By Jacqueline L. Salmon
Washington Post Staff Writer
Saturday, January 7, 2006
Charities in the Washington area and across the country are reaping the benefits of the Jack Abramoff case as legislators distancing themselves from the convicted lobbyist dump campaign contributions linked to him and donate the money to worthy causes.
Almost 80 congressional representatives and state lawmakers have announced that they are giving to charity the contributions they or their political action committees received from Abramoff and his associates or clients. The causes include hurricane relief, animal shelters, community groups, health organizations, veterans' groups and Native American organizations.
Judith Falkenrath, director of the Annandale Christian Community for Action child-development center, was thrilled to get a call yesterday from the office of Rep. Thomas M. Davis III (R-Va.), saying her organization would get a portion of the $4,500 in Abramoff-linked campaign contributions that Davis is jettisoning.
"Any dime we can get our hands on is welcome," said Falkenrath, whose center cares for 183 low-income preschoolers. "We have a pretty tight budget, so we were pleased to hear about it."
Other area lawmakers are also focusing their Abramoff-linked largess on local charities.
Sen. John W. Warner (R-Va.), chairman of the Armed Services Committee, is donating $1,000 that he received from the Tigua Indian tribe in 2002 to the Pentagon Memorial Fund, a spokesman said yesterday. The fund is raising $18 million to build a memorial to the victims of the Sept. 11, 2001, attack.
Sen. George Allen (R-Va.), who first said he planned to hang on to $2,000 he received from the Saginaw Chippewa Indian tribe in 2004, reversed himself yesterday and said he would return the money to the tribe.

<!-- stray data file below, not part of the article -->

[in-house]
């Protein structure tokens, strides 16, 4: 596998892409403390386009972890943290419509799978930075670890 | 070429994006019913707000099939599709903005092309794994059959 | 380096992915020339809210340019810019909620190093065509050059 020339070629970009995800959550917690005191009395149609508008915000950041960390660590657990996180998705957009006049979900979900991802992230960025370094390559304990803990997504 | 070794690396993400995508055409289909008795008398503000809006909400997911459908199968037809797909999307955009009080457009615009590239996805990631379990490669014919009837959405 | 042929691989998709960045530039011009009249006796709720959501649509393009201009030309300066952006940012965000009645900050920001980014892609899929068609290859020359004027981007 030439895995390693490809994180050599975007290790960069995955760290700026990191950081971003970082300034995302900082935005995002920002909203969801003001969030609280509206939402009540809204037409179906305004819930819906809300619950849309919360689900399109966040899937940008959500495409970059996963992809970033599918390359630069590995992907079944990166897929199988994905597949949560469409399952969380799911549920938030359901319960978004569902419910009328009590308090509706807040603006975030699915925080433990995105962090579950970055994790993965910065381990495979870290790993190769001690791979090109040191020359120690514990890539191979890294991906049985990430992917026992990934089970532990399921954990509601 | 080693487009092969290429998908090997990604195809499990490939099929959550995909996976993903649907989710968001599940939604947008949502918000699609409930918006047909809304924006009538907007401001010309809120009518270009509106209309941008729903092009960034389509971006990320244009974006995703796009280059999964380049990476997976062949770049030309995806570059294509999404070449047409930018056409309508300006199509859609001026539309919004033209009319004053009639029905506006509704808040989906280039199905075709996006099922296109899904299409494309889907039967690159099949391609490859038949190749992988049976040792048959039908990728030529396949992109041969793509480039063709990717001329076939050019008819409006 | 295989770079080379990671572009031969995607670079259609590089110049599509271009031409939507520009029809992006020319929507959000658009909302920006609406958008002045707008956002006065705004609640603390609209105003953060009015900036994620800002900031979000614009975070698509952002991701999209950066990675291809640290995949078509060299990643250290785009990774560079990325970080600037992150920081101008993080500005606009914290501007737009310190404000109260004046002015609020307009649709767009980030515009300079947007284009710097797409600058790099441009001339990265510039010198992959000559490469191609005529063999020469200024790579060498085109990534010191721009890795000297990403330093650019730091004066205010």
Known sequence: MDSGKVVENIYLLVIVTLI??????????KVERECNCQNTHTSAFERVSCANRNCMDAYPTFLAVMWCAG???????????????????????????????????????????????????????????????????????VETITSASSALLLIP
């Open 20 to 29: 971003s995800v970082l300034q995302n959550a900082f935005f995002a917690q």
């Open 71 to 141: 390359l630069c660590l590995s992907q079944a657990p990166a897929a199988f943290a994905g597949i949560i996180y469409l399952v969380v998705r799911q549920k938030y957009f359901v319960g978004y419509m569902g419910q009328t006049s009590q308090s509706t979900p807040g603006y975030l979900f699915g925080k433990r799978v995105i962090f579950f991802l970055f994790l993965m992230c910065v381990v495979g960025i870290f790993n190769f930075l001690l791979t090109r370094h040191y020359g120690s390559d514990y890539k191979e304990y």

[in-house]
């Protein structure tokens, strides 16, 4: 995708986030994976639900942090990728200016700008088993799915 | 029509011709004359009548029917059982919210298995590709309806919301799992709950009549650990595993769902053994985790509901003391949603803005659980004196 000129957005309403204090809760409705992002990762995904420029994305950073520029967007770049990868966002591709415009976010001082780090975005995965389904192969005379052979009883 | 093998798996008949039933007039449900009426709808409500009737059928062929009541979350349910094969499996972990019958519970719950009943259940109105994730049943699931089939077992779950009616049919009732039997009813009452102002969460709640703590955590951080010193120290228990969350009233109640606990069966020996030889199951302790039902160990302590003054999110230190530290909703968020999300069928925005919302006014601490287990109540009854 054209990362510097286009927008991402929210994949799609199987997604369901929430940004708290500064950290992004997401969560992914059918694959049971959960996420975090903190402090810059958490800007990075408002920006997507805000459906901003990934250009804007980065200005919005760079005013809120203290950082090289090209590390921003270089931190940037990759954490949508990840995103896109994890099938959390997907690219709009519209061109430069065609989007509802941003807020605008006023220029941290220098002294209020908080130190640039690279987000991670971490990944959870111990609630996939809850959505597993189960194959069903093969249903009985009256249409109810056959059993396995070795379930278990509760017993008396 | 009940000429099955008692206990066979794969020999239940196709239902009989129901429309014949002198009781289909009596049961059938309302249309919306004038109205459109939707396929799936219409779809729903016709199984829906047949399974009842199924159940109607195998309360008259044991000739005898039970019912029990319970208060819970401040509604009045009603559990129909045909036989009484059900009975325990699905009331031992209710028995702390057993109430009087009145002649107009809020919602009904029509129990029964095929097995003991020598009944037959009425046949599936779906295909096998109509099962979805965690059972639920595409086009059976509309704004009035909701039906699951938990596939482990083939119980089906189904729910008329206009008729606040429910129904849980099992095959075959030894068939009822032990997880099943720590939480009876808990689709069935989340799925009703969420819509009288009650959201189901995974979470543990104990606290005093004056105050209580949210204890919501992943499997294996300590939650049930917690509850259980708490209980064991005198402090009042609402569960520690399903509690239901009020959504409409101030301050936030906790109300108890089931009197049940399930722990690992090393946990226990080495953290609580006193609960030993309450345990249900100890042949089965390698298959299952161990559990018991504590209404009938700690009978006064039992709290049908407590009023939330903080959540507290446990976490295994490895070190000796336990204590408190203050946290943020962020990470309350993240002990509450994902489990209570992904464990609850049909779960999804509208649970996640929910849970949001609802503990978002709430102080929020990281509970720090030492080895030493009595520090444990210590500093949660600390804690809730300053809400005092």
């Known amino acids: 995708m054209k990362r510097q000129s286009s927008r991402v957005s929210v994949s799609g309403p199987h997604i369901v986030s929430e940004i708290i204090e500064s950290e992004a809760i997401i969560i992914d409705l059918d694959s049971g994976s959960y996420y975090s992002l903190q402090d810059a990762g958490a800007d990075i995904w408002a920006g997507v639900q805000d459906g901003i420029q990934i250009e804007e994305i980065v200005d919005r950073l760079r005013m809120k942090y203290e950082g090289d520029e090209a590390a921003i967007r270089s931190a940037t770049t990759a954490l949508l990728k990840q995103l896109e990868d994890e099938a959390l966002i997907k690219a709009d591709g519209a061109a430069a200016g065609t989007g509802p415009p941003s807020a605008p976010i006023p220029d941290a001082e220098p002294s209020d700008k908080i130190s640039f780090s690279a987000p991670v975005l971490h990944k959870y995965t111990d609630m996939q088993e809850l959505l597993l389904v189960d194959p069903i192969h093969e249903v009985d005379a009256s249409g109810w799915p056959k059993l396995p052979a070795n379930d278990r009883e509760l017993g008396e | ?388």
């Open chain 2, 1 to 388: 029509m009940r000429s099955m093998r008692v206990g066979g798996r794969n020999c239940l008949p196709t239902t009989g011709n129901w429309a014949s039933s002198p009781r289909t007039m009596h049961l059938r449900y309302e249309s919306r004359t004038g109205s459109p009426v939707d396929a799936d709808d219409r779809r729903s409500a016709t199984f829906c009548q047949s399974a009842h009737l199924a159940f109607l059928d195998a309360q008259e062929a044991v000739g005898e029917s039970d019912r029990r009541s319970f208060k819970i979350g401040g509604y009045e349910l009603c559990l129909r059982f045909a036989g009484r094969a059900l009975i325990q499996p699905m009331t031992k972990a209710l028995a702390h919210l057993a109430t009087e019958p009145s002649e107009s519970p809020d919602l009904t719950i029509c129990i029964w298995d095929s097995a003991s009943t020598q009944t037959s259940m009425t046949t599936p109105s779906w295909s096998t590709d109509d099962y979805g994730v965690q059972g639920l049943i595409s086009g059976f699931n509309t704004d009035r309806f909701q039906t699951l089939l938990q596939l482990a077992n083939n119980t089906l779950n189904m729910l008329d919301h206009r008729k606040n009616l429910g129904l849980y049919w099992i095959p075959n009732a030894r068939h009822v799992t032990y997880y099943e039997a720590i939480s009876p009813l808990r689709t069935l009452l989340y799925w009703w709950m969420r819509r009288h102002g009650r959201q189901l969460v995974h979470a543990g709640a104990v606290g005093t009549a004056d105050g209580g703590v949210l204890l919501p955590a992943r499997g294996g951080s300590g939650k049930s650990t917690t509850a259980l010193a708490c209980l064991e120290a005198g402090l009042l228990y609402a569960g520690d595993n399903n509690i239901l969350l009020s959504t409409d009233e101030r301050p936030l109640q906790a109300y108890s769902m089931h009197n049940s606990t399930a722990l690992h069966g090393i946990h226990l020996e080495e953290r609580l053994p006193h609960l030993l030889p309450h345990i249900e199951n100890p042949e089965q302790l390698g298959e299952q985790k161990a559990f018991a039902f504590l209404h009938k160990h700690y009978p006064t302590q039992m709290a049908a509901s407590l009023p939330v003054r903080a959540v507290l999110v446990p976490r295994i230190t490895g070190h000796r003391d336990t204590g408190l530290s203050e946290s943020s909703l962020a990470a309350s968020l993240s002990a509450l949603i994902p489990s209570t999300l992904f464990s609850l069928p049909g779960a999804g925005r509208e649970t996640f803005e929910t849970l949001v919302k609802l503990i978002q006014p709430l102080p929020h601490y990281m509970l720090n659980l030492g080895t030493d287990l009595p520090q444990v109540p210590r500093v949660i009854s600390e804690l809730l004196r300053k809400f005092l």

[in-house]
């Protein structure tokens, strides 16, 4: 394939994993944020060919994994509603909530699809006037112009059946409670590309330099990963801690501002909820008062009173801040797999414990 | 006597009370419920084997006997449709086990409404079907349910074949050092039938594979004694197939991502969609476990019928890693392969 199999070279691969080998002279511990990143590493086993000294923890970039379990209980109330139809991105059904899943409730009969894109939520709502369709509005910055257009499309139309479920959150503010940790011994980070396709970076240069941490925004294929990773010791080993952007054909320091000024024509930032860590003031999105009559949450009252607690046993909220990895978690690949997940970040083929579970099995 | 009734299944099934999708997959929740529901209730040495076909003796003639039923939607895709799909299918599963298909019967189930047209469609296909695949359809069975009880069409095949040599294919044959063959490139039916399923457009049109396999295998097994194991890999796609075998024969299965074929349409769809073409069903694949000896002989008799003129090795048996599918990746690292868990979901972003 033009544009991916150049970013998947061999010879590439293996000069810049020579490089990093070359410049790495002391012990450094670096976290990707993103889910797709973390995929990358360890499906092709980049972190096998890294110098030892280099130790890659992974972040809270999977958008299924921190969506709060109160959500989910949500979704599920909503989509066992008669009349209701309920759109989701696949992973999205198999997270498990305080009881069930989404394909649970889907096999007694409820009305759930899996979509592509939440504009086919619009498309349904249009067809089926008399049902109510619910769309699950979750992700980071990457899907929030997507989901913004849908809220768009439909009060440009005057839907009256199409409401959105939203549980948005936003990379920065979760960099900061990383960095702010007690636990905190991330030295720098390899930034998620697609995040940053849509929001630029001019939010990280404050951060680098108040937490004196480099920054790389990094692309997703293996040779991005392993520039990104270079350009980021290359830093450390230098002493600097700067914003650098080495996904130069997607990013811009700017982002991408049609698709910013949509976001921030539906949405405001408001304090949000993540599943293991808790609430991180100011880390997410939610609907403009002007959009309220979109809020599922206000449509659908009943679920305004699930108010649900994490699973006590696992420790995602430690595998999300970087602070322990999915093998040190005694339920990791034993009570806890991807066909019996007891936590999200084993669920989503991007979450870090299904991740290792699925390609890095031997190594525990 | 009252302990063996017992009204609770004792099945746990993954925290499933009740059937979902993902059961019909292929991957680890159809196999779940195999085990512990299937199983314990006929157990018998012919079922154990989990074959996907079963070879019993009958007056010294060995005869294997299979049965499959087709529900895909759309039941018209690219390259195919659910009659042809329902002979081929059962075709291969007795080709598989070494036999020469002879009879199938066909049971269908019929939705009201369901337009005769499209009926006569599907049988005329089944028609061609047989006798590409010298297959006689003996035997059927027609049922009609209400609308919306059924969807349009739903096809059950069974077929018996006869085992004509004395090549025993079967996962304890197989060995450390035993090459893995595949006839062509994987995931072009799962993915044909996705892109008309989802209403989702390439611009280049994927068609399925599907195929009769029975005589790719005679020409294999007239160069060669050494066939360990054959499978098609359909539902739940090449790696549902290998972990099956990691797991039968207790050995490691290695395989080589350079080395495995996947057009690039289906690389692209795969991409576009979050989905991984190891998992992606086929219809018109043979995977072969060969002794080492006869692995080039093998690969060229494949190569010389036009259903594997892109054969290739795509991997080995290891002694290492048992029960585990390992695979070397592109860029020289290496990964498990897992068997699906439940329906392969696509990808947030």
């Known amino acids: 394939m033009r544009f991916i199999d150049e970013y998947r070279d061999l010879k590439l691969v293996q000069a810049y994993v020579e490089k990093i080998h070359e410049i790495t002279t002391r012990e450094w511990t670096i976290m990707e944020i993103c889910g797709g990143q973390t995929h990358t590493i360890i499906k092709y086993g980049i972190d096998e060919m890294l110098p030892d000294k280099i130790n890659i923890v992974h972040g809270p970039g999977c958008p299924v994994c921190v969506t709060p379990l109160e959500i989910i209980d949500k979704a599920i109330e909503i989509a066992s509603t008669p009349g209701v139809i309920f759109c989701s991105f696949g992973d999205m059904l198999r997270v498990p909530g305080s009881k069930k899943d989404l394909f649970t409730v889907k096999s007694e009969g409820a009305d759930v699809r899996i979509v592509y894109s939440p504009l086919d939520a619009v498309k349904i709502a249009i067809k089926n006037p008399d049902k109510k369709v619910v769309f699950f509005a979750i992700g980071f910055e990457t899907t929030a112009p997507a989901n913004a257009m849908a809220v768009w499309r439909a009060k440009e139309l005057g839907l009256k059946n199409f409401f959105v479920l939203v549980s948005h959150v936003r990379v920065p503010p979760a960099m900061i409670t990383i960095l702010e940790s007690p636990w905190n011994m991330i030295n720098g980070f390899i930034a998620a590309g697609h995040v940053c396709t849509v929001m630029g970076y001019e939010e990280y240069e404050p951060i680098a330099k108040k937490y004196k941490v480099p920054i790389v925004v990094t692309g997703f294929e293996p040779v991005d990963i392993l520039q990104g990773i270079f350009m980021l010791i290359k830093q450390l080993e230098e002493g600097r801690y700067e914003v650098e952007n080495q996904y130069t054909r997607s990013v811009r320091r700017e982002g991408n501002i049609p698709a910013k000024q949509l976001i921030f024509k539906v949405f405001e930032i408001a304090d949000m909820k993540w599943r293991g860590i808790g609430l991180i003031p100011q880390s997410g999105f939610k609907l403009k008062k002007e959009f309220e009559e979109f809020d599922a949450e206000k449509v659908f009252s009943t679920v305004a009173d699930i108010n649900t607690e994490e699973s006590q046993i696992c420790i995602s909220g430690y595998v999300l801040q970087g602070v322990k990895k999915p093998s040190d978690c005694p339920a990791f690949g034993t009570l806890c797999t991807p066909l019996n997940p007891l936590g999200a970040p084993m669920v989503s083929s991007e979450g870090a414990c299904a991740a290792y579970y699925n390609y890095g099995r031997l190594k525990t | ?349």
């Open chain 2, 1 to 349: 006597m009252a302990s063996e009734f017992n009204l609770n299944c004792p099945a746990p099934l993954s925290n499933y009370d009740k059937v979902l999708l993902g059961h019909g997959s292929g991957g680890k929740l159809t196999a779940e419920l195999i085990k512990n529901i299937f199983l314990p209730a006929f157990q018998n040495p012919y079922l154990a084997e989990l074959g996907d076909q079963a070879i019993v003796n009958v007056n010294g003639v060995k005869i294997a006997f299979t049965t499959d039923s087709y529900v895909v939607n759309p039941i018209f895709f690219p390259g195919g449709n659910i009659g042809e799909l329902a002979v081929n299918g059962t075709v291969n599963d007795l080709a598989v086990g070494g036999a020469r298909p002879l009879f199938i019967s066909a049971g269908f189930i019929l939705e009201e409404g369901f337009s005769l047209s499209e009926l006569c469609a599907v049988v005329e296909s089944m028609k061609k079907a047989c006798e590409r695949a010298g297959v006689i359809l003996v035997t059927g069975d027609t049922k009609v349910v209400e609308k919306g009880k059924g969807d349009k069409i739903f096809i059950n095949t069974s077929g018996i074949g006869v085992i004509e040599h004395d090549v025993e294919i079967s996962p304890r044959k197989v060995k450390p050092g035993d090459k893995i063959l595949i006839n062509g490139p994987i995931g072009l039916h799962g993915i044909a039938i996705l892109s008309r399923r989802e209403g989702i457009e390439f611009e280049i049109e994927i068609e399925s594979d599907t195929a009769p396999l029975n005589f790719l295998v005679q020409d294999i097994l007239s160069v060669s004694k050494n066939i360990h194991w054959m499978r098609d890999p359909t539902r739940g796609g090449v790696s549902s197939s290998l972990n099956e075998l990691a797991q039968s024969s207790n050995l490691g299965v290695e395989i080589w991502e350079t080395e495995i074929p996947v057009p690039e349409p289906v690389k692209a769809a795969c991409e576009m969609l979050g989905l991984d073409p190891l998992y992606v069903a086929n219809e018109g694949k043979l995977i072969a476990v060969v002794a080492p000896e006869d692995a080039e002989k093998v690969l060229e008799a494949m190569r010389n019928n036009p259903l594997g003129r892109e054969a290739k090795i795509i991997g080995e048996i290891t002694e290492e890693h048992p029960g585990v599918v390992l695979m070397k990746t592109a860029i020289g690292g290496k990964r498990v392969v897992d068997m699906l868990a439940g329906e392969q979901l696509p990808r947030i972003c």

In addition, he said he would donate $2,000 his campaign received from Abramoff and an associate to an effort to house the families of wounded military members at the Hunter Holmes McGuire Veterans Affairs Medical Center in Richmond.
Allen spokesman David Snepp said the senator has previously donated to the Rockville organization that builds the homes, the Fisher House Foundation.
"He really identifies with its mission," Snepp said.
Rep. Eric I. Cantor (R-Va.), chief deputy majority whip, is turning over about $10,000 to the William Byrd Community House, a Richmond social services organization.
Because Maryland election law forbids candidates from donating campaign money to charity, Gov. Robert L. Ehrlich Jr. (R) had to renege on his announced plan to donate $16,000 from Abramoff to a Baltimore charity. Instead, a spokesman said, he will return it to Abramoff.
Sen. Barbara A. Mikulski (D-Md.) plans to give $5,000 in contributions from Indian tribes that were clients of Abramoff to the American Indian College Fund, a spokeswoman said yesterday.
A major beneficiary from the rush to dump the Abramoff money is the Alexandria-based Salvation Army.
Among others, Rep. Jim McCrery (R-La.) is donating $35,000 to the faith-based organization, and Rep. J.D. Hayworth (R-Ariz.) is turning over $2,250.
"While I'm uncomfortable with the charges associated with the money," Maj. George Hood, a Salvation Army spokesman, wrote in an e-mail, "it truly is a practical case of turning lemons into lemonade."
Charities said yesterday that they saw nothing wrong with accepting the money, despite its origins.
As long as it is legal for the donor to make the contribution, "there is no constraint on the charity accepting it," said Marion Fremont-Smith, a lawyer and research fellow at the Hauser Center for Nonprofit Organizations at Harvard University.
David W. Livingston, a spokesman for the American Heart Association, which will be getting $6,000 from the Bush-Cheney campaign, said: "Our position is, why would we not accept it? It is not an unlawful contribution, and when we're fighting the Number 1 and Number 3 biggest killers of Americans, why not? We're going to put that to good use."